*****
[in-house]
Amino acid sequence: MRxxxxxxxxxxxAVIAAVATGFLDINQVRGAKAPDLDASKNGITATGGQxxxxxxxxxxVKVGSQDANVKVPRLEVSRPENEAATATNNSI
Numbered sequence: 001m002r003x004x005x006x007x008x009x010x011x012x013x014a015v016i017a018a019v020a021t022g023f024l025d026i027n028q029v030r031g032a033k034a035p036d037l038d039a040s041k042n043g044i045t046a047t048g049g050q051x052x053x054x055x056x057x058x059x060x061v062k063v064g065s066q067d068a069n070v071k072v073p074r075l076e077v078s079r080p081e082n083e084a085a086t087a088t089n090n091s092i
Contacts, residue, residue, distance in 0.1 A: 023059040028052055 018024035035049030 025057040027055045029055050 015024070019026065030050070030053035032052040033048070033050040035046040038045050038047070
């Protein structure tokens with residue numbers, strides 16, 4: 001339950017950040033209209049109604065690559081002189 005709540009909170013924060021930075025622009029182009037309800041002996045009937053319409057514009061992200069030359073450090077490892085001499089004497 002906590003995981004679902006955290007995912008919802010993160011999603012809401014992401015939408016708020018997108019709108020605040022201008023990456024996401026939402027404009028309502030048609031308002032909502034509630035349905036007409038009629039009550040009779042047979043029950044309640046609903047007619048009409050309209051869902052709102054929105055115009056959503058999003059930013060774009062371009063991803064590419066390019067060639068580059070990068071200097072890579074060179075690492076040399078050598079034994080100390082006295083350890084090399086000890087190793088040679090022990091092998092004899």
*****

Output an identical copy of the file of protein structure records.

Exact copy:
[in-house]
Amino acid sequence: MRxxxxxxxxxxxAVIAAVATGFLDINQVRGAKAPDLDASKNGITATGGQxxxxxxxxxxVKVGSQDANVKVPRLEVSRPENEAATATNNSI
Numbered sequence: 001m002r003x004x005x006x007x008x009x010x011x012x013x014a015v016i017a018a019v020a021t022g023f024l025d026i027n028q029v030r031g032a033k034a035p036d037l038d039a040s041k042n043g044i045t046a047t048g049g050q051x052x053x054x055x056x057x058x059x060x061v062k063v064g065s066q067d068a069n070v071k072v073p074r075l076e077v078s079r080p081e082n083e084a085a086t087a088t089n090n091s092i
Contacts, residue, residue, distance in 0.1 A: 023059040028052055 018024035035049030 025057040027055045029055050 015024070019026065030050070030053035032052040033048070033050040035046040038045050038047070
């Protein structure tokens with residue numbers, strides 16, 4: 001339950017950040033209209049109604065690559081002189 005709540009909170013924060021930075025622009029182009037309800041002996045009937053319409057514009061992200069030359073450090077490892085001499089004497 002906590003995981004679902006955290007995912008919802010993160011999603012809401014992401015939408016708020018997108019709108020605040022201008023990456024996401026939402027404009028309502030048609031308002032909502034509630035349905036007409038009629039009550040009779042047979043029950044309640046609903047007619048009409050309209051869902052709102054929105055115009056959503058999003059930013060774009062371009063991803064590419066390019067060639068580059070990068071200097072890579074060179075690492076040399078050598079034994080100390082006295083350890084090399086000890087190793088040679090022990091092998092004899």